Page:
When Barber Osgerby’s Olympic Torch was named the Design Museum’s Design of the Year last month, the judges said that the inherent pressure of designing the Olympics made their creation all the more remarkable. Some briefs are so iconic that the intensity of the scrutiny makes them almost thankless, and illustrating The Beatles must be right up there.
So when reached us that California based print publishers Dark Hall Mansion are gearing up to release the first ever officially-licensed folio collection for The Beatles 1968 film The Yellow Submarine, we were kind of nervous. Turns out we were wrong.
Tom Whalen’s designs are marvellous – bursting with colour and energy and resonant but not derivative of the psychedelic aesthetic of the late 1960s. Carefully screenprinted they capture the spirit of the film (and the song), particularly where Tom lets the weirder side of his imagination run wild. Confident enough not to slavishly recreate the band’s stereotypical cultural impact, both illustrator and Dark Hall Mansions deserve tremendous credit for a fitting celebration of a still extraordinary legacy. Top work all round.
The prints are available from May 29.
- Ivana Bobic on exploring tactility in film, and how to make slow-mo jelly boobs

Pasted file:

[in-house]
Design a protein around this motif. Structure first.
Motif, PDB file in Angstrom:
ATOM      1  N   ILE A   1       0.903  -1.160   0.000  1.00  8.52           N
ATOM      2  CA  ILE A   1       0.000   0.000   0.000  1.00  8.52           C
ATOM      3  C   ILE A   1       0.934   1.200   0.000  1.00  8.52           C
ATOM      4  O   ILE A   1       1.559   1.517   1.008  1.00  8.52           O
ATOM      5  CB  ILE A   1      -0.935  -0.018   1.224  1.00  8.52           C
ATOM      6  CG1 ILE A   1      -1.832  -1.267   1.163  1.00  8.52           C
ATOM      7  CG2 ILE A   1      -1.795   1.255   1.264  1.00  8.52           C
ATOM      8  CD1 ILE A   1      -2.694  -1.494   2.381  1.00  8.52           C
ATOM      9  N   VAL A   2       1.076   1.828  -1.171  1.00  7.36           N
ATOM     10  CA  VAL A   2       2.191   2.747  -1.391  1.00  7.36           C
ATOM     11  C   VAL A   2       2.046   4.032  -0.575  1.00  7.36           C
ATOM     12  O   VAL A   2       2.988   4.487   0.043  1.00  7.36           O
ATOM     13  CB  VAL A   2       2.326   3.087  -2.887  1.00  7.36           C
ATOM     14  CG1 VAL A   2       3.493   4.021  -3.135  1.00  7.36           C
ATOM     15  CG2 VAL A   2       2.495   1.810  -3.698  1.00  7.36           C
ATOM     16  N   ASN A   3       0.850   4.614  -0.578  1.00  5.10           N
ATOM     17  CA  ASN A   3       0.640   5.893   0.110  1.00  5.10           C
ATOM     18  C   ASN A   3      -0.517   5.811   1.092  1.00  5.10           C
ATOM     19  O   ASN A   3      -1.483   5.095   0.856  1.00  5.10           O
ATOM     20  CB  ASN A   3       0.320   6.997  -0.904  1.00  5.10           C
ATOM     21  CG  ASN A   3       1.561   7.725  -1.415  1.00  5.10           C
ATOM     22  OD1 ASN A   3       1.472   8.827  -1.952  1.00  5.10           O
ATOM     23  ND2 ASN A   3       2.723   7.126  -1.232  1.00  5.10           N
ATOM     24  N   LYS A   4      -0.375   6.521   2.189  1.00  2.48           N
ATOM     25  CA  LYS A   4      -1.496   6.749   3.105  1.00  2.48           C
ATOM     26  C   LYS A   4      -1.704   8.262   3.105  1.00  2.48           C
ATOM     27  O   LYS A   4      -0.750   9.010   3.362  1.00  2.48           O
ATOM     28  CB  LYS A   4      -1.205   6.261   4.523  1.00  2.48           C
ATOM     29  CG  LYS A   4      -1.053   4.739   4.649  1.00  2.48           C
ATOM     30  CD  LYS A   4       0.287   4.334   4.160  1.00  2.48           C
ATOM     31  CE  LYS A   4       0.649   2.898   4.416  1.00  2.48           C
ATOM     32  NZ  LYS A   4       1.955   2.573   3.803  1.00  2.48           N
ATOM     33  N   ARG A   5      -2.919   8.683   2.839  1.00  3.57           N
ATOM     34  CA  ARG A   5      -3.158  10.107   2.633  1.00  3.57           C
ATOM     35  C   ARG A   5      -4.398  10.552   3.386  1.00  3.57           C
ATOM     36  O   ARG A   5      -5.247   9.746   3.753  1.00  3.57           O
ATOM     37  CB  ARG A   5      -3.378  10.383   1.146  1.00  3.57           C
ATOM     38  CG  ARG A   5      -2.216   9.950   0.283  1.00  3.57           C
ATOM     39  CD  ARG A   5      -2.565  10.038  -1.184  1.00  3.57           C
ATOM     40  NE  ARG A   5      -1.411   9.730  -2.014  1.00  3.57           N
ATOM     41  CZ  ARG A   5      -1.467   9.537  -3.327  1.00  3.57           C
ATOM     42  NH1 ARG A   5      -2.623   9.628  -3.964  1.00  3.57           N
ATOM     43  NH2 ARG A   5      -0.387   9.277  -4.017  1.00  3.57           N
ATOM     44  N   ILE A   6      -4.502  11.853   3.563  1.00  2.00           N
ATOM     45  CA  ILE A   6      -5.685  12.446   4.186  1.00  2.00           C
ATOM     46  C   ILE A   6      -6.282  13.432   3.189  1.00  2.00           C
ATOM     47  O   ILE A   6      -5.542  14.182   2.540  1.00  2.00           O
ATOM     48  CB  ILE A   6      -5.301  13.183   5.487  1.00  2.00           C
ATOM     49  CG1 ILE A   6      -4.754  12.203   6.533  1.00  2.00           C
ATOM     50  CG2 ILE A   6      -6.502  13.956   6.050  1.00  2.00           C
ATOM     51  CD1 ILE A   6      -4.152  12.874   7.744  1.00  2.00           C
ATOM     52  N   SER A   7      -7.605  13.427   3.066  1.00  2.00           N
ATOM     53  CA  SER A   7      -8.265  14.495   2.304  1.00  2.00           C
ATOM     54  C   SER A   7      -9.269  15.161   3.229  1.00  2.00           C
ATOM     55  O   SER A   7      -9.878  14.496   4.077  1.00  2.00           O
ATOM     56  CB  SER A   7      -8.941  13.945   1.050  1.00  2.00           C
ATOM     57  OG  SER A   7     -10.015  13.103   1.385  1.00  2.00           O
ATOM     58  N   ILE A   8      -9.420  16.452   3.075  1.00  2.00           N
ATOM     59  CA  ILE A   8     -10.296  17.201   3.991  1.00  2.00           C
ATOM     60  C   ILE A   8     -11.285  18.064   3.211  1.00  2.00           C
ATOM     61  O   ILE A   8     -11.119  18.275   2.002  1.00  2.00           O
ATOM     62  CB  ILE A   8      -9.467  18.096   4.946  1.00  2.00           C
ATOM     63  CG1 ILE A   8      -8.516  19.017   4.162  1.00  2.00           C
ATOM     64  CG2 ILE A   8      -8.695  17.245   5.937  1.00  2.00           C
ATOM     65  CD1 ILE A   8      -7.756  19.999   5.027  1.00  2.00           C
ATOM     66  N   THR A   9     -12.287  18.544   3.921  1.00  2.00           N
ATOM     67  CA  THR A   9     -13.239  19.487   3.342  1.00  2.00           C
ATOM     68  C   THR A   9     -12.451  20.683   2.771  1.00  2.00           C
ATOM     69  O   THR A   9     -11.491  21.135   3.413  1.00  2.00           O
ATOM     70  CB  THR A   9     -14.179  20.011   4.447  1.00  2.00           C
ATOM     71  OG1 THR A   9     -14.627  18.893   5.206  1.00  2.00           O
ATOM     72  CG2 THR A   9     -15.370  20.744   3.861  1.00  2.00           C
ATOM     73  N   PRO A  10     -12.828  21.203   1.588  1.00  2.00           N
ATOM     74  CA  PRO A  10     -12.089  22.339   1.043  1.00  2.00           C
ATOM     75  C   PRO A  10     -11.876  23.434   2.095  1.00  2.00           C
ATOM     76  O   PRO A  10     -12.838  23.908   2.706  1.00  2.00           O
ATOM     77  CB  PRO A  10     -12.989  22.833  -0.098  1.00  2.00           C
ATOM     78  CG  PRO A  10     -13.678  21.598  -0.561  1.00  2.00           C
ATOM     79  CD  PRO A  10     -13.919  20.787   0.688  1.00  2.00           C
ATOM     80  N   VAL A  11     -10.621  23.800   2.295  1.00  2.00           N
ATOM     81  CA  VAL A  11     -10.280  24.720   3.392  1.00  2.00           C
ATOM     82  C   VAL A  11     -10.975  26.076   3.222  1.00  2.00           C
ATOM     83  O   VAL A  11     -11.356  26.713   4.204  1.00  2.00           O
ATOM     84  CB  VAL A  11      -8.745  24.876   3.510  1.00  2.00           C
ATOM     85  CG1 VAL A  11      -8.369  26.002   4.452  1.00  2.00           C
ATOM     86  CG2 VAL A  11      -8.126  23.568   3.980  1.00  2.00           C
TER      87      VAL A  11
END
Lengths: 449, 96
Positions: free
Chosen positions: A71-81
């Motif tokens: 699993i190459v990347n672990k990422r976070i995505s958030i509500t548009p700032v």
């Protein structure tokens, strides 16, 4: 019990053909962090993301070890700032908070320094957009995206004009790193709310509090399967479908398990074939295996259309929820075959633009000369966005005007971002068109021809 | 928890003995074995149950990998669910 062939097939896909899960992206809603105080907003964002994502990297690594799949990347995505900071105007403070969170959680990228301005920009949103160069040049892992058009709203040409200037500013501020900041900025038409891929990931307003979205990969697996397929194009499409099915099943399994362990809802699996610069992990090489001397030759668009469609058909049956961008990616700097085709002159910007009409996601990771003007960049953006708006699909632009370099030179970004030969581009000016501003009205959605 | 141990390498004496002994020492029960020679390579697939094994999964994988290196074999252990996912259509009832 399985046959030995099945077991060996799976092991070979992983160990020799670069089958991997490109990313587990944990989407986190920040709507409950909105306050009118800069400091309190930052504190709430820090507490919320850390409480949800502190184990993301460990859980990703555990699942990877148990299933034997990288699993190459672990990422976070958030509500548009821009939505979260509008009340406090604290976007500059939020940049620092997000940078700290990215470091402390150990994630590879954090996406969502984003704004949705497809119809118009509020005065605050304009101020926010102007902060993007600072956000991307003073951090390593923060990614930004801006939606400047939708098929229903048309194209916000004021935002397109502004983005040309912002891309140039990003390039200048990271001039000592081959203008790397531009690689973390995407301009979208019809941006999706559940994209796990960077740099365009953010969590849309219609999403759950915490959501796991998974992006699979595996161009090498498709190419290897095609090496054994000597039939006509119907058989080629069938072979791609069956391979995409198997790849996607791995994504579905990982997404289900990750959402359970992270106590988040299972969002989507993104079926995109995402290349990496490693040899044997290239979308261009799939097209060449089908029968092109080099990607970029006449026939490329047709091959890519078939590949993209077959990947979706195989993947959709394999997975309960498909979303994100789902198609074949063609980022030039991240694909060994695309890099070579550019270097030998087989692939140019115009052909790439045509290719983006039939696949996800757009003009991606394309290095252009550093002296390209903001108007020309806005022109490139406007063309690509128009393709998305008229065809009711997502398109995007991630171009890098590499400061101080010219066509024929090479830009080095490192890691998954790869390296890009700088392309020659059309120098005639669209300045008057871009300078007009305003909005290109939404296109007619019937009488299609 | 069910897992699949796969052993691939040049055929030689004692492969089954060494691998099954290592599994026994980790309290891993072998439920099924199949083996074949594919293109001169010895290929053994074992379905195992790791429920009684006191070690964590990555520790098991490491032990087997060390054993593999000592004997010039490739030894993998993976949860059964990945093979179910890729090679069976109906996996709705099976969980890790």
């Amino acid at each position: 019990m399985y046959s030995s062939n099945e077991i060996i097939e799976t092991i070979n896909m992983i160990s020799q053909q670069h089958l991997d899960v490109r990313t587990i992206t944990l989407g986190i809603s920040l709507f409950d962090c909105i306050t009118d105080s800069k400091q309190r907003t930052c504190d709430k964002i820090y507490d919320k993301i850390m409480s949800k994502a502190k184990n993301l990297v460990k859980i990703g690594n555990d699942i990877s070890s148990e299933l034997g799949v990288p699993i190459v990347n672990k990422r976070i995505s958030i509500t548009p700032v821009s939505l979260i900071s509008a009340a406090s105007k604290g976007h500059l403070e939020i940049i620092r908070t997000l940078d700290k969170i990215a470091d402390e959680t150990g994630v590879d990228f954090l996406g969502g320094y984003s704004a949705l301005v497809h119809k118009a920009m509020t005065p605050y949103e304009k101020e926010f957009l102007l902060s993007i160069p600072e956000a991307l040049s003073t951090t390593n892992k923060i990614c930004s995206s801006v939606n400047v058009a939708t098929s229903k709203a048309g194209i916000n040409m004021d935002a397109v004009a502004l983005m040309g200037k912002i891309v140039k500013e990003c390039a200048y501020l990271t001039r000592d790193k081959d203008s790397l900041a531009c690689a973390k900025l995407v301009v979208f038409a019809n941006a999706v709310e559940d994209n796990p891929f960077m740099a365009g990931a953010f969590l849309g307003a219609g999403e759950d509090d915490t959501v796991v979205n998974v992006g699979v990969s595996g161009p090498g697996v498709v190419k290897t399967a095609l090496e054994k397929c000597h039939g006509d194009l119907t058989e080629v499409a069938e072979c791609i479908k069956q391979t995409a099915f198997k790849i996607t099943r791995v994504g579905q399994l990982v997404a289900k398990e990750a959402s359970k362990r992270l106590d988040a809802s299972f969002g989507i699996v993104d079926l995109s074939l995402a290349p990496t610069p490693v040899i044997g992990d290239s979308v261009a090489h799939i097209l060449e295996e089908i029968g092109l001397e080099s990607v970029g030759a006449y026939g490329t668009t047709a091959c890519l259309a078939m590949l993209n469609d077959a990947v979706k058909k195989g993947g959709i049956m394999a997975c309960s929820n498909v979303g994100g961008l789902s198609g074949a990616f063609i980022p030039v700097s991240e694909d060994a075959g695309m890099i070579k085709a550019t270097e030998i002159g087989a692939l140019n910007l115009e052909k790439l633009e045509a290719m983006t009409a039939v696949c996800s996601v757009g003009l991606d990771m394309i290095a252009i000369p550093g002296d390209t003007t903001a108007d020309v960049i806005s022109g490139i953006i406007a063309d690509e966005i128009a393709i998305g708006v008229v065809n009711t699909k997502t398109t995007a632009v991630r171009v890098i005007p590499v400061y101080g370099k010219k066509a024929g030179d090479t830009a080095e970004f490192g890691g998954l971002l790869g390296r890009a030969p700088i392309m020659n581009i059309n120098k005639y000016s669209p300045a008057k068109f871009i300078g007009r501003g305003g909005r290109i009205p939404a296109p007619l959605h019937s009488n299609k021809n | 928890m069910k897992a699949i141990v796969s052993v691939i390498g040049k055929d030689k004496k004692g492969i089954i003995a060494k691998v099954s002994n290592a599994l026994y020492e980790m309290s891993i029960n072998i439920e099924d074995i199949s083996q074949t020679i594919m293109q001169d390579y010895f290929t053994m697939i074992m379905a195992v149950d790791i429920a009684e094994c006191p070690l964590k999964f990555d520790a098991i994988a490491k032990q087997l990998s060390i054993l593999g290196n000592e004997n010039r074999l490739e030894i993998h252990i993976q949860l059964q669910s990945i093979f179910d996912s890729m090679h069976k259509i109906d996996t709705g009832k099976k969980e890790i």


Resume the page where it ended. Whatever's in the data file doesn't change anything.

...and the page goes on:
- The history of the hotel Venets: a 22-storey metaphor for Soviet utopia
- The Papier Machine collection of DIY electronic paper toys reinvents the activity book
- Brie Moreno's back with more felt tip-filled, curvy illustrations
- Meet Monkey Type, an international collective bananas about fonts
- Arielle Bobb-Willis’ colour-packed portfolio is the photographic equivalent of a SAD lamp
- Pee on this Ikea print ad, and if you’re pregnant, you get a crib half price
- Coca-Cola reveals custom typeface, TCCC Unity, inspired by its modernist heritage
- Muji to open “anti-gorgeous, anti-cheap” hotels in China and Japan
- The rebrand for Russia’s tourist board uses Suprematist geometry laid out as a map
- The Guardian unveils redesign across print and online
- A first look at Uber and NASA's new flying vehicle